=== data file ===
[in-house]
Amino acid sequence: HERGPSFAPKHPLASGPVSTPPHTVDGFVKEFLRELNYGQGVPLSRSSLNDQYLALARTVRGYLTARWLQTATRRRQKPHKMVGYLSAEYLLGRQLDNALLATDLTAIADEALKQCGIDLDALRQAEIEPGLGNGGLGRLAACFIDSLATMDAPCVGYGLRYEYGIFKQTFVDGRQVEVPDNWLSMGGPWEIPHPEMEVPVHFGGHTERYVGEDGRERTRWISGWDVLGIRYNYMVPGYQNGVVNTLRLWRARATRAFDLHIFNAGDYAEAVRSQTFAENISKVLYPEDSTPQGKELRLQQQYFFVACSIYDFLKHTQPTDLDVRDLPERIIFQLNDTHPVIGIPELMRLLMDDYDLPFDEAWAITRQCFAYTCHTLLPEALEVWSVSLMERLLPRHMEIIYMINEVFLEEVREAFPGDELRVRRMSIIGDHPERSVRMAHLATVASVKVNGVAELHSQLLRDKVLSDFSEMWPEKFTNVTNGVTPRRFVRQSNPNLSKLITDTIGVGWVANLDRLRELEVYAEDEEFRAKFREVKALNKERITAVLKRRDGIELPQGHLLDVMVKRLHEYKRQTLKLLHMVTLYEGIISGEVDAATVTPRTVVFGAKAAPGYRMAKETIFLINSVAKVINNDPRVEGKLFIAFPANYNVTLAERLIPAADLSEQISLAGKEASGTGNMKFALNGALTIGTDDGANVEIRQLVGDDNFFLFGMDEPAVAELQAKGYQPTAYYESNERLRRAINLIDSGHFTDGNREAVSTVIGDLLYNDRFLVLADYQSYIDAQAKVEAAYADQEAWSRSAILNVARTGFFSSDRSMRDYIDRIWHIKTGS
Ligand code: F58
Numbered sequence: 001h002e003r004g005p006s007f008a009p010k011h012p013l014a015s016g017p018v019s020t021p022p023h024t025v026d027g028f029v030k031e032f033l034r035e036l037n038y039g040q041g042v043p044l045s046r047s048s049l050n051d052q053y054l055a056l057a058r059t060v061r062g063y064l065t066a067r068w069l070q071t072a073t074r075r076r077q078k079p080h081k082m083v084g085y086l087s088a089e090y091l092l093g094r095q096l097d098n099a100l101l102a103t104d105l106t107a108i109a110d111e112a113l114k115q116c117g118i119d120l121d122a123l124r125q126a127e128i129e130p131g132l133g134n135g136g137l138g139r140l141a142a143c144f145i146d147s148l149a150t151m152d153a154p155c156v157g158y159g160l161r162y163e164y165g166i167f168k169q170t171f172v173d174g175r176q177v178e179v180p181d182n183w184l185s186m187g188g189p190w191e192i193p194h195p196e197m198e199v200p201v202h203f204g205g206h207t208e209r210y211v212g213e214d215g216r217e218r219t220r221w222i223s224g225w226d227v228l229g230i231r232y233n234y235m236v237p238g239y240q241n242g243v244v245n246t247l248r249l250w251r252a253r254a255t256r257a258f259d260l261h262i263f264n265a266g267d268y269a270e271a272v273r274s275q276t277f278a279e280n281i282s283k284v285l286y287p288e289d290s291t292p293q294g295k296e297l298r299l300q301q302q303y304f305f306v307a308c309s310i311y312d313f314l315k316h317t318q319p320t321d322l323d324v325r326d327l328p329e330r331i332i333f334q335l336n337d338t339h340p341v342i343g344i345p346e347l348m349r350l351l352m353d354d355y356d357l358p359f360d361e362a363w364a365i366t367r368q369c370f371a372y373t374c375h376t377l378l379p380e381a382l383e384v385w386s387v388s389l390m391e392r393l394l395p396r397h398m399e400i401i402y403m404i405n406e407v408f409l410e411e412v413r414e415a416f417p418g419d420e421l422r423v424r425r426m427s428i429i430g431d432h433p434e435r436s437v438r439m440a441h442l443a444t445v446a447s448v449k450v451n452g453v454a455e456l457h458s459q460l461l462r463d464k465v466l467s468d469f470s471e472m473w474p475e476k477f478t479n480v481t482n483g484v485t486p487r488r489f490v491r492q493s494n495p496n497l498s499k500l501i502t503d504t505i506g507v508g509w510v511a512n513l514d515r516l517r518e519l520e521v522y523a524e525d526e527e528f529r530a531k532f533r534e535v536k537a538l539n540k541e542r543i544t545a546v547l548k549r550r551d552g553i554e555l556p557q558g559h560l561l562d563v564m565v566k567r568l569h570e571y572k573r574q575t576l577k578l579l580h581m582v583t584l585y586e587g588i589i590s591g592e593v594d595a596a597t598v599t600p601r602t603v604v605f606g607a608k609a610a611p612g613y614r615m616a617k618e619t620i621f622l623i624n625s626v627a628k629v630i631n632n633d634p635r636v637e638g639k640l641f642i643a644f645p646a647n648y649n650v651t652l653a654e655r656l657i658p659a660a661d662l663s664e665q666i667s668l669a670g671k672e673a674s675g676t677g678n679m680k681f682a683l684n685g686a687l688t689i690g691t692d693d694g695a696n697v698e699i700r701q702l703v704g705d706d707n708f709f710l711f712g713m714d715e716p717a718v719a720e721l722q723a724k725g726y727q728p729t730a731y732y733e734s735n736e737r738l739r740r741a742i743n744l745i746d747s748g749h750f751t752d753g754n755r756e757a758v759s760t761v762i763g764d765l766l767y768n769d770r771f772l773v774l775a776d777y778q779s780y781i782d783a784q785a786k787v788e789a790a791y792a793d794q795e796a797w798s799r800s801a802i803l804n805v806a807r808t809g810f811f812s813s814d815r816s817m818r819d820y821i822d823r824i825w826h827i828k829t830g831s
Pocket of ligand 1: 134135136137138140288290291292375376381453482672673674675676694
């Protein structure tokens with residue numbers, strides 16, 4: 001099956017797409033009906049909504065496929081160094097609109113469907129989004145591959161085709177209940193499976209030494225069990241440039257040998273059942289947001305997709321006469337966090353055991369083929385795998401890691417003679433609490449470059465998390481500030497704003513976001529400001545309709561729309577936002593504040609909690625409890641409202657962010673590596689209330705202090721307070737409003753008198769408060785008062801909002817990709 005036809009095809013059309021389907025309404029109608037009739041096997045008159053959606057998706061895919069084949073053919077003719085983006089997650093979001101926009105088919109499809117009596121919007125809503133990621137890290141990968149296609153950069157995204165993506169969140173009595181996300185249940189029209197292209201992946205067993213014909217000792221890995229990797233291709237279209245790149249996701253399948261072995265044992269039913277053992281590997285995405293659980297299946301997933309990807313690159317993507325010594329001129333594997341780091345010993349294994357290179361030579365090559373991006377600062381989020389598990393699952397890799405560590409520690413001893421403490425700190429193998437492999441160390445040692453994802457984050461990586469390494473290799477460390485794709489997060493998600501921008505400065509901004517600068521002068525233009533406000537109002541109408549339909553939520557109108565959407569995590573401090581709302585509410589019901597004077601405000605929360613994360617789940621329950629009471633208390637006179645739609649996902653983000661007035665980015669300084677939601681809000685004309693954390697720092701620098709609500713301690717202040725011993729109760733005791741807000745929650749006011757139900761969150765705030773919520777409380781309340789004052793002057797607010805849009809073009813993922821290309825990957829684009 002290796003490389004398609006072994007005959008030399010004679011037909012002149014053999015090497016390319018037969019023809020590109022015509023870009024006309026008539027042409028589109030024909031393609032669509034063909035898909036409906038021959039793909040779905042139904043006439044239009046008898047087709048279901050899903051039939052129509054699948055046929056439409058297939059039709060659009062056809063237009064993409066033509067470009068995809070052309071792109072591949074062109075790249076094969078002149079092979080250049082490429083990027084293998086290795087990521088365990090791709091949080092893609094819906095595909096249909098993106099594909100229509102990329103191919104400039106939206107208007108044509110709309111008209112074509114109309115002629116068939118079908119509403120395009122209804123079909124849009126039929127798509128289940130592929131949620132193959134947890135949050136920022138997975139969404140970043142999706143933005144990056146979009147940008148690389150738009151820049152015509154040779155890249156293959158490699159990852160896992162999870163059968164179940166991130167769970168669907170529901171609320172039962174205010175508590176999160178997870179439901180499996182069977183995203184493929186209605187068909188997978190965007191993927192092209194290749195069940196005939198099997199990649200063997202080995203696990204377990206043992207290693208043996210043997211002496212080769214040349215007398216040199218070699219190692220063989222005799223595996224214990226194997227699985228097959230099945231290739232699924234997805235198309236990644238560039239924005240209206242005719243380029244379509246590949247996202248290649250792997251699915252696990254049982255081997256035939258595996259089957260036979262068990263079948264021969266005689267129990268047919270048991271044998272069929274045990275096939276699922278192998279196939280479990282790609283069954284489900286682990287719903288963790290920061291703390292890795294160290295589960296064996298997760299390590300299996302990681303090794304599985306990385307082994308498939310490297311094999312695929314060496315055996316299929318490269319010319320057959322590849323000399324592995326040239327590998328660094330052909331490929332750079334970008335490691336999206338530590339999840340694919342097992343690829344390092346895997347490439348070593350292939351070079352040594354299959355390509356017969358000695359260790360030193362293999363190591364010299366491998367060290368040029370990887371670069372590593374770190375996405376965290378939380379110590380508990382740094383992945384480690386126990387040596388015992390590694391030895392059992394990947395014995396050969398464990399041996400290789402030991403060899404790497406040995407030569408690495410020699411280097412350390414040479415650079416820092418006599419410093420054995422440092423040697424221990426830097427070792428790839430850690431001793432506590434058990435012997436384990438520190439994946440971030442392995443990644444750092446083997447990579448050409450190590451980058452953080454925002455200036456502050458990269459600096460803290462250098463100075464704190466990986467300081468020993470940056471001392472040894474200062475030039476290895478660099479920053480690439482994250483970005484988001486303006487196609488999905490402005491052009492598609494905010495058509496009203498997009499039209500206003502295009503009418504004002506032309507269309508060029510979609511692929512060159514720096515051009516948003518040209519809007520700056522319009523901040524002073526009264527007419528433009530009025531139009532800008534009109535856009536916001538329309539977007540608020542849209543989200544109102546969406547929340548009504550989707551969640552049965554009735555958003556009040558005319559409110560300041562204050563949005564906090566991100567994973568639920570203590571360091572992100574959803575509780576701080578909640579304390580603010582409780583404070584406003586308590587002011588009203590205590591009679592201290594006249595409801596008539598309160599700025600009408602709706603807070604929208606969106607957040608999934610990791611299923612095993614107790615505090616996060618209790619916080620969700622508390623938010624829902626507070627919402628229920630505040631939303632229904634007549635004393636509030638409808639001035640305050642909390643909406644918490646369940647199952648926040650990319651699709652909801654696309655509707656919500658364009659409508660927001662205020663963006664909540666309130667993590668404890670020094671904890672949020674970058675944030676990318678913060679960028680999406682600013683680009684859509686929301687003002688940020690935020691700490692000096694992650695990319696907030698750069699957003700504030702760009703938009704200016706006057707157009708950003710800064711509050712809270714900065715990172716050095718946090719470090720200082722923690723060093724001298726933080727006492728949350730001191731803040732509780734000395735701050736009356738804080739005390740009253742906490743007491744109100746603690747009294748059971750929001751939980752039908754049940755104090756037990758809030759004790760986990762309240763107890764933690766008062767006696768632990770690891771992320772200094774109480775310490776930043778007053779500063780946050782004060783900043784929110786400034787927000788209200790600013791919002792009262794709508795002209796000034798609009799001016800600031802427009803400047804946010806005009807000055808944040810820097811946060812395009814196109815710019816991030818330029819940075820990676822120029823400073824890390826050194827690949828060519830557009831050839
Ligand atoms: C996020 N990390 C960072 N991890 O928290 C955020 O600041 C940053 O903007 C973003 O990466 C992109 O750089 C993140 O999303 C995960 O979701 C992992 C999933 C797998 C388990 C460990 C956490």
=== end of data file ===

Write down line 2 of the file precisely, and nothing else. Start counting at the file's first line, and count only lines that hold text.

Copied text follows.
Amino acid sequence: HERGPSFAPKHPLASGPVSTPPHTVDGFVKEFLRELNYGQGVPLSRSSLNDQYLALARTVRGYLTARWLQTATRRRQKPHKMVGYLSAEYLLGRQLDNALLATDLTAIADEALKQCGIDLDALRQAEIEPGLGNGGLGRLAACFIDSLATMDAPCVGYGLRYEYGIFKQTFVDGRQVEVPDNWLSMGGPWEIPHPEMEVPVHFGGHTERYVGEDGRERTRWISGWDVLGIRYNYMVPGYQNGVVNTLRLWRARATRAFDLHIFNAGDYAEAVRSQTFAENISKVLYPEDSTPQGKELRLQQQYFFVACSIYDFLKHTQPTDLDVRDLPERIIFQLNDTHPVIGIPELMRLLMDDYDLPFDEAWAITRQCFAYTCHTLLPEALEVWSVSLMERLLPRHMEIIYMINEVFLEEVREAFPGDELRVRRMSIIGDHPERSVRMAHLATVASVKVNGVAELHSQLLRDKVLSDFSEMWPEKFTNVTNGVTPRRFVRQSNPNLSKLITDTIGVGWVANLDRLRELEVYAEDEEFRAKFREVKALNKERITAVLKRRDGIELPQGHLLDVMVKRLHEYKRQTLKLLHMVTLYEGIISGEVDAATVTPRTVVFGAKAAPGYRMAKETIFLINSVAKVINNDPRVEGKLFIAFPANYNVTLAERLIPAADLSEQISLAGKEASGTGNMKFALNGALTIGTDDGANVEIRQLVGDDNFFLFGMDEPAVAELQAKGYQPTAYYESNERLRRAINLIDSGHFTDGNREAVSTVIGDLLYNDRFLVLADYQSYIDAQAKVEAAYADQEAWSRSAILNVARTGFFSSDRSMRDYIDRIWHIKTGS